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Featuring Demian Dressler, DVM and Sue Ettinger, DVM, Dip. ACVIM (Oncology), authors of The Dog Cancer Survival Guide

The Toxicity of Potent Dog Chemo Drug Doxorubicin

Updated: January 4th, 2021


Is your dog on doxorubicin? Here’s what you need to know about this potent, common chemotherapy agent.

Vets and veterinary oncologists use Doxorubicin (also called Adriamycin) in many different chemotherapy plans.

Common dog cancers treated with this drug include lymphosarcoma, hemangiosarcoma, other sarcomas, and carcinomas.

This is not a mickey-mouse drug.  It is one of the main players in conventional dog cancer chemo treatments.  It also has corresponding side effects that, from time to time, are heavy duty and should be taken into account.

NOTE: The reader should be advised that the purpose of this content is not to crucify doxorubicin.  It has helped many dogs.  Rather, this is information that should be in your head as an informed advocate of your dog’s health.

How Doxorubicin Is Given

Doxorubicin is given as an injection in the vein at the vet hospital.  If the tip of the catheter used to deliver the drug is not in the vein (but still under the skin), the drug will end up in the tissues around the vein.

Doxorubicin is very toxic to living tissue when given in this way and will cause this tissue around the vein to die.

Doxorubicin Side Effects

In addition to injuries caused by bad injection technique — which are NOT common, but can occur — doxorubicin may also cause stomach upset, inflammation of the colon, and delay the regrowth of hair. Some dogs will develop allergic reactions during doxorubicin injections. It can also cause bone marrow suppression (anemia and low white blood cell and platelet counts).

It is known to cause damage to the muscle in the heart, in some dogs, which can be quite serious. Check out this abstract for more info on doxorubicin toxicity.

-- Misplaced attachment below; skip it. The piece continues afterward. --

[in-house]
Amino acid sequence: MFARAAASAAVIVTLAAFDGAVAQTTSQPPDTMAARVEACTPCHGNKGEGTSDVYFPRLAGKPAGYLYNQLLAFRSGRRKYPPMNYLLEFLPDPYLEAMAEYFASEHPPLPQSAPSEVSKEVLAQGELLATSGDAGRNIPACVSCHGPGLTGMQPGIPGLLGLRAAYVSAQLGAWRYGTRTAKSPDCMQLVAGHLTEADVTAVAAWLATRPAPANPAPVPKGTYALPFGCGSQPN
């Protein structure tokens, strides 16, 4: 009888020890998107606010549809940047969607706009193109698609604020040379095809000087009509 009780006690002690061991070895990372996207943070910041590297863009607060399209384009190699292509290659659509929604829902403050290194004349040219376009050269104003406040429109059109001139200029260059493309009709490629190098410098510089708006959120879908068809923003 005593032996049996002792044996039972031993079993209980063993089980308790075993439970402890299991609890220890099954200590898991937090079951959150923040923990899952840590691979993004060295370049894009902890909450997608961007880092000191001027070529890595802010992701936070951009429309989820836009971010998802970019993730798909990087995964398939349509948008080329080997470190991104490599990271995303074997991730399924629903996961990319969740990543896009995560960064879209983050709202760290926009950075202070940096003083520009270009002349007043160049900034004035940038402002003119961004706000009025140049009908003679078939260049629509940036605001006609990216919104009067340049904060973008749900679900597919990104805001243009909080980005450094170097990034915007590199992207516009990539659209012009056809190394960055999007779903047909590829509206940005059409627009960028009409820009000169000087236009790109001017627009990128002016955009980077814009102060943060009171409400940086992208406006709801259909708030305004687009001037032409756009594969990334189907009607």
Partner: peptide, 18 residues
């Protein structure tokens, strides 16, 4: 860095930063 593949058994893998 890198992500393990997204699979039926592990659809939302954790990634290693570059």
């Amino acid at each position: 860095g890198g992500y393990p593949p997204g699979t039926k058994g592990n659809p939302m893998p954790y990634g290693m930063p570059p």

How to Mitigate Side Effects

In the next post, I will discuss the use of common, over-the counter-supplements that should be considered to help alleviate a big toxicity with this drug: heart damage

And of course, you can find out more about this drug and every other chemo agent, in The Dog Cancer Survival Guide. Dr. Ettinger and I also cover multiple ways to support your dog with and without chemotherapy.

Best to all,

Dr D


Leave a Comment

  1. Melodie Rubio on July 13, 2019 at 3:07 am

    Our dog was just switched from CCNU to Doxorubicin. He’s a 20 lb shih tzu maltese mix with histiocystic sarcoma. He had a splenectomy on 4/29/19 and now it has spread to his liver. We have been following the diet plan, Apocaps, and K9 Immunity from the onset. Is it still safe to give the Apocaps with Doxorubicin? I’ve searched the blog and could not find anything on it.

  2. Curly on December 22, 2018 at 3:06 pm

    My dog has anal gland adenocarcinoma with metastasis to the liver. After surgery to remove the tumors we started 5 treatments of Carboplatin which failed to stop the growth and he now has progressive disease. We’re 3 days into a new round of Doxorubicin and he hasn’t wanted food for the last 2 days. Keenly looking forward to your next post about supplements to protect the heart muscle, thank you for covering these topics.

  3. Melissa on April 20, 2018 at 4:45 am

    Hello, my 9yr old Labrador is undergoing CHOP chemo for lymphoma and has had 2 treatments of Dox. Both times he has become so weak/drunk like he stops walking. Out vet doesn’t have any answers for us. Anyone else experience this?

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